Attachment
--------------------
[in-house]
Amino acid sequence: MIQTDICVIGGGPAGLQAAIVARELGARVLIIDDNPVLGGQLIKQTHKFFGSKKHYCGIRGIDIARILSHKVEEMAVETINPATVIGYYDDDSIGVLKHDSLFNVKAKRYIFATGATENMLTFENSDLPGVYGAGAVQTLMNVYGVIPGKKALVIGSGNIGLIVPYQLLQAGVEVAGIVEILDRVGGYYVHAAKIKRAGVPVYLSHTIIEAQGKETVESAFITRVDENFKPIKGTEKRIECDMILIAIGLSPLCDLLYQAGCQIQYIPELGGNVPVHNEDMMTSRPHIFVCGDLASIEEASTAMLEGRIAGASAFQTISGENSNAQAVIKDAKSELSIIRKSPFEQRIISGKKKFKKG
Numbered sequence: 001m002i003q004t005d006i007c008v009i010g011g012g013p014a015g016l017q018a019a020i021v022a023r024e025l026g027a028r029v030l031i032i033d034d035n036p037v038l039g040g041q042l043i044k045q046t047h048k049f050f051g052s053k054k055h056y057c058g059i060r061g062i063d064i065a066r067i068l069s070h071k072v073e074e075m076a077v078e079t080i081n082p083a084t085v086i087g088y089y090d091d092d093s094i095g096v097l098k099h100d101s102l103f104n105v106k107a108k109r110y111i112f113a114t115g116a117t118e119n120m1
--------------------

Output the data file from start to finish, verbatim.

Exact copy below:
[in-house]
Amino acid sequence: MIQTDICVIGGGPAGLQAAIVARELGARVLIIDDNPVLGGQLIKQTHKFFGSKKHYCGIRGIDIARILSHKVEEMAVETINPATVIGYYDDDSIGVLKHDSLFNVKAKRYIFATGATENMLTFENSDLPGVYGAGAVQTLMNVYGVIPGKKALVIGSGNIGLIVPYQLLQAGVEVAGIVEILDRVGGYYVHAAKIKRAGVPVYLSHTIIEAQGKETVESAFITRVDENFKPIKGTEKRIECDMILIAIGLSPLCDLLYQAGCQIQYIPELGGNVPVHNEDMMTSRPHIFVCGDLASIEEASTAMLEGRIAGASAFQTISGENSNAQAVIKDAKSELSIIRKSPFEQRIISGKKKFKKG
Numbered sequence: 001m002i003q004t005d006i007c008v009i010g011g012g013p014a015g016l017q018a019a020i021v022a023r024e025l026g027a028r029v030l031i032i033d034d035n036p037v038l039g040g041q042l043i044k045q046t047h048k049f050f051g052s053k054k055h056y057c058g059i060r061g062i063d064i065a066r067i068l069s070h071k072v073e074e075m076a077v078e079t080i081n082p083a084t085v086i087g088y089y090d091d092d093s094i095g096v097l098k099h100d101s102l103f104n105v106k107a108k109r110y111i112f113a114t115g116a117t118e119n120m1